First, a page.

Friday, February 13, 2009
"Tink" Billouin Jr., Class President.
I found the aging clipping above in a desk drawer at home. The caption reads:
"OVATION FOR CLASS PRESIDENT -- Silbert "Tink" Billouin Jr., of Jamaica Plain, is born triumphantly on the shoulders of his classmates as they cheered the Negro Class President at graduation exercises at the Mary E. Curley Junior High School in Jamaica Plain. With his heart full of hope for his future, "Tink" delivered a powerful message to leaders of Boston's one day school boycott."
At the top right, In the upper right corner, in pencil, is written:
"June 1963 Hurrah for Tinkey and all of us!"
My brother Jim graduated from the Curley school that year, and the writing is his. I've known of this clipping for a year, but the article that went with the photo was not saved with it. This week, I finally took the trip into the Boston Public Library at Copley Square to find the article. The photo caption notes that it appeared in the Record American, an antecedent to today's Boston Herald. The article was published on June 20, 1963, and the photo above was featured on the first page, as seen below.
Record American, June 20, 1963 (click to enlarge).
In later years, my mother told me that as a child, my brother Jim always seemed to make friends with the one black boy in a group. There was no political or social significance to it - grade school kids don't know enough to take virtuous stands. Rather than claiming any sort of positive effort towards "diversity" in his young life, it might be more accurate to say that he simply lacked the negative attribute necessary to exclude potential friends by race. Based on the inscription on the clipping, I have to assume that Tink, his Junior High School class president, was one of those friends he made so naturally.
The article that went with the photo relates to the city-wide school boycott of 1963 - the first wide-spread protest by African Americans in Boston over the conditions of the schools in predominately black neighborhoods. The boycott was very successful in the publicity it engendered, but not all African Americans favored the approach. Silbert "Tink" Billouin and his parents represented a voice often lost when the era is considered. This topic would take us away from the subject matter of this site, so I'll just say that the Billouin family lived in Jamaica Plain, and they played their part in the community.
When I finally started to write up this entry, I got to thinking that it would be great to contact Tink Billouin and interview him. An Internet search came up with the two Silbert Billouins, father and son. Silbert Sr. was born in March of 1912 and died in June of 1978. Silbert "Tink" Billouin, Jr., was born in 1948 - like my brother Jim - and died in November of 2001.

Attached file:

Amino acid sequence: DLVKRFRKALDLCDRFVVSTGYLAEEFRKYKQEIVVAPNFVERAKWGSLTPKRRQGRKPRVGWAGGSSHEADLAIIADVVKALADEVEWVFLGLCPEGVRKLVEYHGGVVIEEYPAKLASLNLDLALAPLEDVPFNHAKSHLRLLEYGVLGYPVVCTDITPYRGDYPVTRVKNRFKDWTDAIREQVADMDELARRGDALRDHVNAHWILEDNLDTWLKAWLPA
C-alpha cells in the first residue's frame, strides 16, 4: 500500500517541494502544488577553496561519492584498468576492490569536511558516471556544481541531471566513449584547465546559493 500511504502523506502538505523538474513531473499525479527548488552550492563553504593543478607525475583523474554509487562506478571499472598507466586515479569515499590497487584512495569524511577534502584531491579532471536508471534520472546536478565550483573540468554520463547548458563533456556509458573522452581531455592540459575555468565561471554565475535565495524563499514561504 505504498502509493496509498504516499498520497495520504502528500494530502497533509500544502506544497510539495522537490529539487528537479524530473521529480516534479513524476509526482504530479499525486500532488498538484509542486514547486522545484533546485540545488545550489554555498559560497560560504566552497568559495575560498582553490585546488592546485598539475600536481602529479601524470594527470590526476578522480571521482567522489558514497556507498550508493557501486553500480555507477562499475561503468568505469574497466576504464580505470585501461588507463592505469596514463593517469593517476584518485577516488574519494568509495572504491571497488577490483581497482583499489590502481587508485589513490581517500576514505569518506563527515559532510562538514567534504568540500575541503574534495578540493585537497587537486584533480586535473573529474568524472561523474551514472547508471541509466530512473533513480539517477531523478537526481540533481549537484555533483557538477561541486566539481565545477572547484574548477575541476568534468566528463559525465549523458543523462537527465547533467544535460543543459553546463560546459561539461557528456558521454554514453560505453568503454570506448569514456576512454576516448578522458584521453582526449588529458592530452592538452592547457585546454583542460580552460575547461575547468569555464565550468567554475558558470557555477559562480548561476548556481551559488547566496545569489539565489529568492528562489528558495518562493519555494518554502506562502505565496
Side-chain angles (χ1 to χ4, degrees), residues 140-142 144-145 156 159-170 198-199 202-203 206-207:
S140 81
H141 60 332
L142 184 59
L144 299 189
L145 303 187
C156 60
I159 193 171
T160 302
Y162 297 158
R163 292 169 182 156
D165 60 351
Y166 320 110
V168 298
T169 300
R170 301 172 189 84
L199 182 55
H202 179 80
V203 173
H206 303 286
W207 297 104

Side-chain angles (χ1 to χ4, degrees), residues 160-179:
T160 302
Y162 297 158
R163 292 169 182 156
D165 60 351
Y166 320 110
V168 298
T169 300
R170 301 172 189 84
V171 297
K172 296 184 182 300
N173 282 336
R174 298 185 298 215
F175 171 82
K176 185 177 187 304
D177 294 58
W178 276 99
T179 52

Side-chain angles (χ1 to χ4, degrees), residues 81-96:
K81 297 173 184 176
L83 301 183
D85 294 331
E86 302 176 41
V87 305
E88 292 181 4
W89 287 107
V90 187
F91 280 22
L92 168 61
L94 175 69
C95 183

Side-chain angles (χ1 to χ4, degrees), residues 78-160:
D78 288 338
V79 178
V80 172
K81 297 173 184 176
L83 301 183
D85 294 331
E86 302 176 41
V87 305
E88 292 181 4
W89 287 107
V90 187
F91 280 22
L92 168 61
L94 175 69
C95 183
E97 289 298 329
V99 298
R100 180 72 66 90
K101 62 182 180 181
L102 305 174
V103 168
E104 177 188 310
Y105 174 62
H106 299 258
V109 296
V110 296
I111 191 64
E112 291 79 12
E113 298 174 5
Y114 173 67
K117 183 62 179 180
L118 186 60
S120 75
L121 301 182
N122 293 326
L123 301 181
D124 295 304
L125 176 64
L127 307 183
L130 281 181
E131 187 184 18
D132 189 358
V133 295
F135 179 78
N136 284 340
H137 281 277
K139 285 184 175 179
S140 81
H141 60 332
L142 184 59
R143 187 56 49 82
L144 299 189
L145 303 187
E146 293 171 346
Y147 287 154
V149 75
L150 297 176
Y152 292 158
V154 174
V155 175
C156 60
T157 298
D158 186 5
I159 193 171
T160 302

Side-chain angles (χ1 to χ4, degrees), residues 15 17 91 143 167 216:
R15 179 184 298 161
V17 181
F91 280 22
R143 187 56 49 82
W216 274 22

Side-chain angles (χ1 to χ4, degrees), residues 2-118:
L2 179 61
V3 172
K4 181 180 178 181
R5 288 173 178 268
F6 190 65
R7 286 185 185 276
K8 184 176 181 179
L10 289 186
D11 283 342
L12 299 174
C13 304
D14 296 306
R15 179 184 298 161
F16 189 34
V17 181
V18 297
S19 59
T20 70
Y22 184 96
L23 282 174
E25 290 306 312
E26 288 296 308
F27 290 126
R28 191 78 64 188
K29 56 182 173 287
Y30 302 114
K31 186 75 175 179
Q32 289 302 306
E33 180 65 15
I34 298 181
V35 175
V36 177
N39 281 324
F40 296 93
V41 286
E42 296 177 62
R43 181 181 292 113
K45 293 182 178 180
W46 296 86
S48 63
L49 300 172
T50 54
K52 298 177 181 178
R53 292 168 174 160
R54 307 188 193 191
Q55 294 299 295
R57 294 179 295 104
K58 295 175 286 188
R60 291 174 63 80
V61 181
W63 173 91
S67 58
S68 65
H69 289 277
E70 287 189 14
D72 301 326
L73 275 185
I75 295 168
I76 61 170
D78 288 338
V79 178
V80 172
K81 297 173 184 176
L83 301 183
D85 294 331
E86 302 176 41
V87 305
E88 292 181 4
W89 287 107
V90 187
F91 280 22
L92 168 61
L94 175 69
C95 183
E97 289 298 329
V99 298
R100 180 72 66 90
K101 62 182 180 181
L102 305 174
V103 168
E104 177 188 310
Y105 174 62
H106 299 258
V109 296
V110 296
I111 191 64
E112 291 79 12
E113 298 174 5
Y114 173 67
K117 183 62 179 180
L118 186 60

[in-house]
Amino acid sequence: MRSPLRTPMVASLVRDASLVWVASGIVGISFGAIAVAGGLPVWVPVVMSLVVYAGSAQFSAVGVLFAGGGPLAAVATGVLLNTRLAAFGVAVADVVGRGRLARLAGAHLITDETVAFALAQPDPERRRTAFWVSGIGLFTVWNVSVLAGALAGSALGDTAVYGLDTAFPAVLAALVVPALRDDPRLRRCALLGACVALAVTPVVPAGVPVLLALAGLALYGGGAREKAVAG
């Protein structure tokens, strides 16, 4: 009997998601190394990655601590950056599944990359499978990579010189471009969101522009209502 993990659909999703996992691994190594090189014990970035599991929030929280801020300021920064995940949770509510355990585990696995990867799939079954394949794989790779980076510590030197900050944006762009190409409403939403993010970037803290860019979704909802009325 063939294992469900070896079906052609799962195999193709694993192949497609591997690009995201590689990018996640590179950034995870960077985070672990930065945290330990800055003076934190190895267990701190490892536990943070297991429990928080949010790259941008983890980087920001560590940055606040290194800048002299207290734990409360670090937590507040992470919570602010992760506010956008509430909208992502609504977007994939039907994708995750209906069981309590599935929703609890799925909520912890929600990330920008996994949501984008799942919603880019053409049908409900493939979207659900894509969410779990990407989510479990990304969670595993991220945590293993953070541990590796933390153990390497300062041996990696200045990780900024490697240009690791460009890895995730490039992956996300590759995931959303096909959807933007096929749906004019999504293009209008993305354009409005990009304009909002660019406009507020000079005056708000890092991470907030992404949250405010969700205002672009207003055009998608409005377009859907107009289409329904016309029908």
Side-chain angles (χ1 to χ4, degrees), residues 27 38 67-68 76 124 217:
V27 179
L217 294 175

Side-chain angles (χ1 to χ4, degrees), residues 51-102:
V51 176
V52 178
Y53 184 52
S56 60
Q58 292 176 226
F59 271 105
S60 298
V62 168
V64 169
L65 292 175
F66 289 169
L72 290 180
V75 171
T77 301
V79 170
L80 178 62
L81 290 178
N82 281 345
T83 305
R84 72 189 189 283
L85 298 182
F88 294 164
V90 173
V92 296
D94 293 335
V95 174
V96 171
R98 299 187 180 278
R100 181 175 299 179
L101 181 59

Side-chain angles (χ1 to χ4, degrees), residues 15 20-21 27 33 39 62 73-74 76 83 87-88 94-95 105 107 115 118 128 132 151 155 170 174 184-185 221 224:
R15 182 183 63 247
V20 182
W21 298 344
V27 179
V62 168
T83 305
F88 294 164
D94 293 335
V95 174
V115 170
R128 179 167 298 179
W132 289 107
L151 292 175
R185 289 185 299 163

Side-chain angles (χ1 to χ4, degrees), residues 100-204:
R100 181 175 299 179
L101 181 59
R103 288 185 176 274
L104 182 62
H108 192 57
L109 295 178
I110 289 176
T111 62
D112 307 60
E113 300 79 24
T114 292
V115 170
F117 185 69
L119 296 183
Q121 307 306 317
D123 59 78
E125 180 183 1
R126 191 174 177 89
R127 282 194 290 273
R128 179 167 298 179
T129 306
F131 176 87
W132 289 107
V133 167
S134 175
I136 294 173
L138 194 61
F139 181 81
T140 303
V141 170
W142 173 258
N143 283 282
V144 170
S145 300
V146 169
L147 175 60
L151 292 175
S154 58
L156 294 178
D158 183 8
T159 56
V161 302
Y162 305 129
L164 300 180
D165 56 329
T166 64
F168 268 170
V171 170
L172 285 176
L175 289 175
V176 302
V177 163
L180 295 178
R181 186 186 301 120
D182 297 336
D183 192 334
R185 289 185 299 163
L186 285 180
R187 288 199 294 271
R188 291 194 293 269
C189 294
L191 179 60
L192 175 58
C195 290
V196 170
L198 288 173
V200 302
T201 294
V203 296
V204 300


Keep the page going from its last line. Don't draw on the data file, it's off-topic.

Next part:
My hopes of contacting Tink and seeing if he remembered my late brother were disappointed. The photo doesn't even include my brother - it was just a memento of his, a reminder he may never have seen since it was put away with class pictures and crayon drawings in our parent's desk drawer. Be that as it may, the clipping, Tink Billouin, Jim Bulger and the Mary E. Curley Class of 1963 are remembered here one more time.
Record American June 20, 1963
Negro Boy In Slap At Boycotts
By Jean Cole
"You should be teaching Negro youth how to get out of their ghettos... not how to stay out of school."
This was the powerful message to leaders of Boston's one day school boycott, from a 15-year-old Negro boy who graduated Wednesday as president of his class from the Mary E. Curley Junior High School.
His heart full of love and hope for the future, Silbert "Tink" Billouin Jr. joined his parents after graduation exercises in an urgent plea to freedom leaders to recognize the "true problem that haunts Negroes through the nation."
Sometime speaking for himself, and as often letting his adored father who has reached success in work and in the community despite overwhelming odds, do the talking, "Tink" and his parents agreed:
Strikes and boycotts for Negroes do not work.
The basic Negro problem is one of housing.
Decent jobs and good education evolve when Negroes are not forced to live in ghetto.
Negro leaders should spend all of their time, their effort and their money to help relocate families of their race in communities not predominately Negro.
Billouin, parent and child alike, are living examples of what they preach.
Silbert Sr. brought his family from Trinidad, British West Indies, first to Canada, where he attended McGill University, and then to the United States, where they became citizens.
That they understand fully ghetto living is attested to by five years residence in New York City's Harlem.
"Tink" was born in Portland, Maine, where the family lived for a time before moving to an all-white street in Jamaica Plain, not far from Boston's Negro areas.
"Tink" enters Boston English High School next September and eventually wants to go to college and become a lawyer.
His father, a sales representative, expressed the belief that there can be and will be more "Tinks" taking their place in society if Negro leaders will recognize and do something about the real problems,,, jobs and homes. He said: "I'm proud of Tink. He as grown up without the strong attitudes that might have developed in a family background of active antagonistic social attitudes."
There were kind words Wednesday from Negroes for School Committeewoman Louise Day Hicks too. Although she actively tried to stop the Tuesday school stay-out, Mrs. Hicks was embraced by a Negro mother at graduation exercises at the James P. Timilty school. The woman quietly whispered "God bless you."